Research in our group falls under the theme of “supramolecular materials”. We are undertaking research to explore the supramolecular assembly of molecules into new materials, using coordination chemistry (usually) to fasten the molecules together. This “bottom up” approach to materials chemistry enables the synthesis of molecule-based materials with tuneable structures and properties. One of the chief assembly principles in our research has been the development and use of shape-persistent precursors for assembly to give porous structures. Our goal is to assemble new substances with interesting structures on the nanoscale: grids, tubes, 3-D networks, etc. On the way, we investigate the fundamental chemistry and the properties of the substances, including the role of the transition metals in the materials. Briefly, below is a list of the projects we are working on or have explored in the past few years:
• Schiff-base Macrocycles. We are investigating the synthesis and supramolecular assembly of macrocycles with conjugated backbones (e.g., Figure 1). Figure 2 illustrates the ion-induced tubular assembly that occurs upon binding of the macrocycles to alkali metals (Angew. Chem. 2003). Upon coordination to metal ions, these macrocycles form fascinating structures, such as the cluster-capped trimetallated macrocycle depicted in Figure 3 (Inorg. Chem. 2006).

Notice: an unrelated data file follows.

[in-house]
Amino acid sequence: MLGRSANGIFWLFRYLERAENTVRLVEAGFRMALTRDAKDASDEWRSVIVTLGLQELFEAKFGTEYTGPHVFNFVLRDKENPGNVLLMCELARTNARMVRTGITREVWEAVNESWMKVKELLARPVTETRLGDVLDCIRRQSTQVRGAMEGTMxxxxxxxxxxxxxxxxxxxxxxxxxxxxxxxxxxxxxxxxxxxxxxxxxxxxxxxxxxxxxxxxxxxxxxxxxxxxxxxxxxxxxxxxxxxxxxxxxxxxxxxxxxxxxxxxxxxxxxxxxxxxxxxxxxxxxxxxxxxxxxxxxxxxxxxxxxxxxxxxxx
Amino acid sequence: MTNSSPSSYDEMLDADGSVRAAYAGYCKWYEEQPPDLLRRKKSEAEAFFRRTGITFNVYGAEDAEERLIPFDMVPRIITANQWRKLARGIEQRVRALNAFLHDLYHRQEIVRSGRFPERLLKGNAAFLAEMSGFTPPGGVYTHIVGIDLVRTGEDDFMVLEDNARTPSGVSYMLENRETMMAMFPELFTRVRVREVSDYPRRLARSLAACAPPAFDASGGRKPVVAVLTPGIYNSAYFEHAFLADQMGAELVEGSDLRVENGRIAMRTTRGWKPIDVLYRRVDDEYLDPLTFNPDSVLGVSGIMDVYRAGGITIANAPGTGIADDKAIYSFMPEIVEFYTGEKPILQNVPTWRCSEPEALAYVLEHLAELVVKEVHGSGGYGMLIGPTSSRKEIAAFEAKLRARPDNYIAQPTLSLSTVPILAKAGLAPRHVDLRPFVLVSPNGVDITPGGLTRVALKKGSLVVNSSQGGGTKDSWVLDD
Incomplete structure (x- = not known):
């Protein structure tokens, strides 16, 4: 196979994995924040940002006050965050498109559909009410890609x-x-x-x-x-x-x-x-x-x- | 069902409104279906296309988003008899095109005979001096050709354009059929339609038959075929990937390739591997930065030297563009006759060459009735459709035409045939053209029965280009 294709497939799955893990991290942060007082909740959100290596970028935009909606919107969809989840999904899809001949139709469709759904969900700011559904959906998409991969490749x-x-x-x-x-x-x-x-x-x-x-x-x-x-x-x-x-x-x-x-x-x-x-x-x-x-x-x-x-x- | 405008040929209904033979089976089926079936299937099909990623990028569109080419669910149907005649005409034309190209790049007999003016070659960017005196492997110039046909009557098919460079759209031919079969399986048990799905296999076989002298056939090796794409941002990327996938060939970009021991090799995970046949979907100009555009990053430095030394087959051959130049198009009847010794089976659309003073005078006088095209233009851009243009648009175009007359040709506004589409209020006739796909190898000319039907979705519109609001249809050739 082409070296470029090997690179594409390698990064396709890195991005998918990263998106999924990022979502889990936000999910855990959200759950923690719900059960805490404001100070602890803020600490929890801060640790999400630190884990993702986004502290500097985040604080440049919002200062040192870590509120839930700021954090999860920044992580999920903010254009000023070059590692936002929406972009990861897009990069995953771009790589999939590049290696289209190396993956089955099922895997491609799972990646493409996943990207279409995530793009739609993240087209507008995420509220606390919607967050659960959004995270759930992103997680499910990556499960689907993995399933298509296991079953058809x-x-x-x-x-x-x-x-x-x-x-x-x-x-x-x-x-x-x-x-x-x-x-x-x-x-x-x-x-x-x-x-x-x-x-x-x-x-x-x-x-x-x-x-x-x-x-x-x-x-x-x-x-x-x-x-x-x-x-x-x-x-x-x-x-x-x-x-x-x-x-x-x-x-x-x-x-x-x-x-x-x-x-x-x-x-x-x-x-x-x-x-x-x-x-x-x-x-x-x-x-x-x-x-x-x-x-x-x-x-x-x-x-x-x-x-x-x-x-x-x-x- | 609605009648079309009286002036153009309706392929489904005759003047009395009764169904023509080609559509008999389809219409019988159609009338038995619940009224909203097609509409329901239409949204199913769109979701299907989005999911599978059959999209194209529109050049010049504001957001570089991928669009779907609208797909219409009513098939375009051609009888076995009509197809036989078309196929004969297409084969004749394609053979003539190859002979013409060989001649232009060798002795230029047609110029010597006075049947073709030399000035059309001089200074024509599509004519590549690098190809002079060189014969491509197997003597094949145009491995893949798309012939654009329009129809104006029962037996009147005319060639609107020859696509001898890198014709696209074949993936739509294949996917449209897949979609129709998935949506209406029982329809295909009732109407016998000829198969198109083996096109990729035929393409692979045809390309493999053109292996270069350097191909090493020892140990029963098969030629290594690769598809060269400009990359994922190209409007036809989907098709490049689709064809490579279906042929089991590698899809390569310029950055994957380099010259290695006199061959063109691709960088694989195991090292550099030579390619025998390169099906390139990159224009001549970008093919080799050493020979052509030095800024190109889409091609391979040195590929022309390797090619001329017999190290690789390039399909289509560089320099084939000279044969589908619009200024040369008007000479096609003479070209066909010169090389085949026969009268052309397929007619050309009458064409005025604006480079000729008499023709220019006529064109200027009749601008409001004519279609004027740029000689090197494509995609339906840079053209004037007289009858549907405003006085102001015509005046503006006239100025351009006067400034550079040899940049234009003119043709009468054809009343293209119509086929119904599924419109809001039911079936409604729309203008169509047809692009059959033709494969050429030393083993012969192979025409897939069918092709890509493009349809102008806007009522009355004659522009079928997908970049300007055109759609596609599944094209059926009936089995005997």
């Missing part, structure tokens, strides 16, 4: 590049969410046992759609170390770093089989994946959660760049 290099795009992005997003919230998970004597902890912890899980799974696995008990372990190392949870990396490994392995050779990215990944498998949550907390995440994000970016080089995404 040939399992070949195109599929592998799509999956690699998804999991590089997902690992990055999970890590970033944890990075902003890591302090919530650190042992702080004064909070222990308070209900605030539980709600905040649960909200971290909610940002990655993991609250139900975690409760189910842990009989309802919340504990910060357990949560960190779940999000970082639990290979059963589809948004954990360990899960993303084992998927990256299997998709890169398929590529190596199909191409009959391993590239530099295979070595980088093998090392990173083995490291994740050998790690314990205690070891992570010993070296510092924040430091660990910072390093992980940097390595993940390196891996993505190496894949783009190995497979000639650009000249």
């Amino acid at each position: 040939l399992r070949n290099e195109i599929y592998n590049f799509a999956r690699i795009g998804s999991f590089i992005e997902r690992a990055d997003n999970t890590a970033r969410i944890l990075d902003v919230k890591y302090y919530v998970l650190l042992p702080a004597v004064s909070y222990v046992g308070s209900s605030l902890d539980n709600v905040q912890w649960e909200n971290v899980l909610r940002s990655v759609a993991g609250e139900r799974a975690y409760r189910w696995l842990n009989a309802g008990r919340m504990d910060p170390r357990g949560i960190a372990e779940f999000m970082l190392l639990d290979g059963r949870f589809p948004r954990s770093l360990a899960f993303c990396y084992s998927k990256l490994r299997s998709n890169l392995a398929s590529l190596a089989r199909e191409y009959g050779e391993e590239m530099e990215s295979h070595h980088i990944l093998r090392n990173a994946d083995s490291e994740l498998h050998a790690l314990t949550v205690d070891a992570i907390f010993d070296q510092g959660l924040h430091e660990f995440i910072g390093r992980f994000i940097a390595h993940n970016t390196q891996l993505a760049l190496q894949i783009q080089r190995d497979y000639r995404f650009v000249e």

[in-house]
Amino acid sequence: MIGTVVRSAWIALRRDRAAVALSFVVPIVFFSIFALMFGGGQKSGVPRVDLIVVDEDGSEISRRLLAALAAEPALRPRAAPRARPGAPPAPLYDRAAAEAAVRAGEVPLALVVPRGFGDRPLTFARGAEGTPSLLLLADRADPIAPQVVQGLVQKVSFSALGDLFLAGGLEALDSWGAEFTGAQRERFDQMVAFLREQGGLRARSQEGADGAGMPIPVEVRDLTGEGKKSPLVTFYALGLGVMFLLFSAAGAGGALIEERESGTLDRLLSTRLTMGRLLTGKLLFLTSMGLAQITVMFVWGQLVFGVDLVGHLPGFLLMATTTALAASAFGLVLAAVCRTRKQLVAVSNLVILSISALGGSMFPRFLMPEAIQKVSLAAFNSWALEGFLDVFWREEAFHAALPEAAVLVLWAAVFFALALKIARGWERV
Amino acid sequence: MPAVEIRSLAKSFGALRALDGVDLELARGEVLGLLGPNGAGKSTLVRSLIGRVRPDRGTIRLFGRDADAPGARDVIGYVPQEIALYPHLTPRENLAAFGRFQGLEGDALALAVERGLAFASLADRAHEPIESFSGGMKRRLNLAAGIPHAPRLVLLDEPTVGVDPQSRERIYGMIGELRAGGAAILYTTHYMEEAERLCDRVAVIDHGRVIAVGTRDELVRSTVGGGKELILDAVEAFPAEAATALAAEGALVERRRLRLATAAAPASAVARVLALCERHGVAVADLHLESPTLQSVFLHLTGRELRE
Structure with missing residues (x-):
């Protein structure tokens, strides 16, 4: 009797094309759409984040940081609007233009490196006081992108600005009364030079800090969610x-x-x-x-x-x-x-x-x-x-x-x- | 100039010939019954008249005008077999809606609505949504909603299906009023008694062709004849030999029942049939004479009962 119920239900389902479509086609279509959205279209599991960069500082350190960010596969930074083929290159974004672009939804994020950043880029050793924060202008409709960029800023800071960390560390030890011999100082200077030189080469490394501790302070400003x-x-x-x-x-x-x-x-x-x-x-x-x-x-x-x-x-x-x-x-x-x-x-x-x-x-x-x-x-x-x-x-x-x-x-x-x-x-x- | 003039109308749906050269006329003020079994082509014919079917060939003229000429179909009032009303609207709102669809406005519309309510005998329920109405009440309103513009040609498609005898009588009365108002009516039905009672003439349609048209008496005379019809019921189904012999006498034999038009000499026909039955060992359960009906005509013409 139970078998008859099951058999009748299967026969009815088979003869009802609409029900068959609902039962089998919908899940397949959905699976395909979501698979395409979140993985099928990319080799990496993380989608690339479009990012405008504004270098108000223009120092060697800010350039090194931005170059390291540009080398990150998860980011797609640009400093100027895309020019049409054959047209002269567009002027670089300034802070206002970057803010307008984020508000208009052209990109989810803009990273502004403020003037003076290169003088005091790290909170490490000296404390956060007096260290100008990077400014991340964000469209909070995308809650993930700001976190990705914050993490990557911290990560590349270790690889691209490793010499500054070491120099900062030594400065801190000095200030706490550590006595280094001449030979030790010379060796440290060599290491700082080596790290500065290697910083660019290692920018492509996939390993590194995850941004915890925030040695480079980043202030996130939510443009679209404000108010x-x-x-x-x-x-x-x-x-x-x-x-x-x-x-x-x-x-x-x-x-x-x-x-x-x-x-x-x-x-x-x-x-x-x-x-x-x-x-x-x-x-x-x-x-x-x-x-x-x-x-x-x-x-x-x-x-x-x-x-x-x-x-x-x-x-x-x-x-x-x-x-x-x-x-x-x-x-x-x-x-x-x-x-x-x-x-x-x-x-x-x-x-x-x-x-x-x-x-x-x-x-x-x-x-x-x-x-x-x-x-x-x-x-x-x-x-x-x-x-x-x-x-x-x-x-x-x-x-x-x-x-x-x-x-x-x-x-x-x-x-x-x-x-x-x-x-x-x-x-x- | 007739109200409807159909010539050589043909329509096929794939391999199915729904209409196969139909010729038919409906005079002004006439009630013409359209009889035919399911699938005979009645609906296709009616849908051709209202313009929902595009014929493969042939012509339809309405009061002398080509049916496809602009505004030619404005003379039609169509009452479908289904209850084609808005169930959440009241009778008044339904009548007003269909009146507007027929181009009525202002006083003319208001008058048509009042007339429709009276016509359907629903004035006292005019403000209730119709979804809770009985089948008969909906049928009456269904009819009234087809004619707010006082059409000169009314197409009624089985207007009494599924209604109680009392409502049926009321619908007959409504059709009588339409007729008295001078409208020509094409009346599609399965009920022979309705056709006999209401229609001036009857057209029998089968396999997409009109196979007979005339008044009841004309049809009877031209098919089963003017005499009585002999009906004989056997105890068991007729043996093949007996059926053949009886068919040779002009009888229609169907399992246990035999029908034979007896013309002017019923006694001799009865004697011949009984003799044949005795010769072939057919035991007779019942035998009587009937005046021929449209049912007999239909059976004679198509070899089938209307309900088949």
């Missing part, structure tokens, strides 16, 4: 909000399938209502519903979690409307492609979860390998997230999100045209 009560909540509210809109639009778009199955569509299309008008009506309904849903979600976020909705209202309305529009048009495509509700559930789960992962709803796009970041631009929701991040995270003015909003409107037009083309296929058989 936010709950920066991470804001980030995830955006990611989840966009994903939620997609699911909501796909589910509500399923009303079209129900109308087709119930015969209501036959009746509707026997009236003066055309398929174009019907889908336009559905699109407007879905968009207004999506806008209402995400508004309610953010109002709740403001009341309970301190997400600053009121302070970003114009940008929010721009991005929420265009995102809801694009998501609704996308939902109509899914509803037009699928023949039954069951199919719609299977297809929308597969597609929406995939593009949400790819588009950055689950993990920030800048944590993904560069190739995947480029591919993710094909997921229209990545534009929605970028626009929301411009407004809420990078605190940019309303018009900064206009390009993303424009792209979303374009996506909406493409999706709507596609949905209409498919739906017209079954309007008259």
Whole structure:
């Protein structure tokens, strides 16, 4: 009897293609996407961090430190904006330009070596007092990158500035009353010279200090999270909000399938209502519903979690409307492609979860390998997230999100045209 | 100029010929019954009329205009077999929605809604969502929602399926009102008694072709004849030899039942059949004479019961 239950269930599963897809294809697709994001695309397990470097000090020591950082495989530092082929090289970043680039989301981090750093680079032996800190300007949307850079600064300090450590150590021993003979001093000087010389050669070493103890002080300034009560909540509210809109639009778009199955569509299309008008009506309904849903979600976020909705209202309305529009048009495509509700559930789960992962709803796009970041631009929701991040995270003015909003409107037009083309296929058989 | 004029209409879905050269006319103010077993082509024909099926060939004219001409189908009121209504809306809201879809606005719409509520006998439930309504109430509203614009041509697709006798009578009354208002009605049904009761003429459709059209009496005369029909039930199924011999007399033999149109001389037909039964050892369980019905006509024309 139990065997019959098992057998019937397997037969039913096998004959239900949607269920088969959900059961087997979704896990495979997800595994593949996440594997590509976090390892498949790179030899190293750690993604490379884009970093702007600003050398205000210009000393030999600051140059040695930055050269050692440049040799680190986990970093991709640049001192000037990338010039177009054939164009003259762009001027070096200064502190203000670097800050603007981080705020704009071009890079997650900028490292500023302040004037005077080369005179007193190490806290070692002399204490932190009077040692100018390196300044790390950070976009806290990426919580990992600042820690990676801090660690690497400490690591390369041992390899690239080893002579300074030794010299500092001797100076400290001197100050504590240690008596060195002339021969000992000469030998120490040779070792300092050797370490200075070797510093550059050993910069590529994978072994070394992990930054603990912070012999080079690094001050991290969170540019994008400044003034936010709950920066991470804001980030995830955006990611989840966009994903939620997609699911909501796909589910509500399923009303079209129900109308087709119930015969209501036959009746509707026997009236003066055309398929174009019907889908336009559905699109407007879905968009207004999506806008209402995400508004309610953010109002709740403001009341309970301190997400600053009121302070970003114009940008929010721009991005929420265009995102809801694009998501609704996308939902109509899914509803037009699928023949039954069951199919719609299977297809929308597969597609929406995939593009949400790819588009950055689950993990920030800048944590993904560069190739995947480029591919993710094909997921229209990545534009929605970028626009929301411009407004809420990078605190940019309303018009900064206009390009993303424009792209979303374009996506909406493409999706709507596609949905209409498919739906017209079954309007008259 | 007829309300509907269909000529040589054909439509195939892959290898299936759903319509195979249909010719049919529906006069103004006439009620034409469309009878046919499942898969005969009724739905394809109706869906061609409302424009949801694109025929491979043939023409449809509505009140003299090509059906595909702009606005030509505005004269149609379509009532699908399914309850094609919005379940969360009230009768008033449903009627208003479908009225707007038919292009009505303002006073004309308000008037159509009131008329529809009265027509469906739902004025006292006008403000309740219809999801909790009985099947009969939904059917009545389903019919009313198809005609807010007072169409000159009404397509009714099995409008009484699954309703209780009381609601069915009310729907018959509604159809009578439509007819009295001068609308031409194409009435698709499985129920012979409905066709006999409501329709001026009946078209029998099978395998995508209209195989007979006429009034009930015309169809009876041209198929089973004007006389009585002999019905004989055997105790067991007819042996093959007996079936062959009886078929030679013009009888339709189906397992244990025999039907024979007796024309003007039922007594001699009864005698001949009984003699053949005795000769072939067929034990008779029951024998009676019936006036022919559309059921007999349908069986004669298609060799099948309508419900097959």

Figure 1 Figure 2 Figure 3
• Conjugated Metallopolymers. We are developing new soluble polymers that have a conjugated backbone, but transition metals incorporated into the structure. These polymers are promising for applications as new electronic materials and light emitting diode materials. Figure 4 shows a photograph of a polymer film containing metals in every repeat unit (from Macromolecules 2003).
• Self-Assembled Networks and Structures. We are developing new hydrogen-bonding motifs and coordination chemistry that will permit us to direct the assembly of new supramolecular assemblies and 3-D networks. We have discovered porous, 2-D and 3-D frameworks based on triptycenyl precursors that can be used to remove pollutants from water (Inorg. Chem. 2006).
We have other projects underway involving liquid crystals, modified cellulose, and metal-organic frameworks (MOFs). (For a more complete sampling of our projects, see the Publications list.) Students in our group learn synthetic methods of organic, inorganic, and polymer chemistry. We study our molecules and materials using NMR, fluorescence, IR, and UV-vis spectroscopies, mass spectrometry (ESI, EI, MALDI-TOF), transmission electron microscopy, thermogravimetric analysis, differential scanning calorimetry, and polarizing optical microscopy. We also collaborate to undertake other studies, such as magnetism.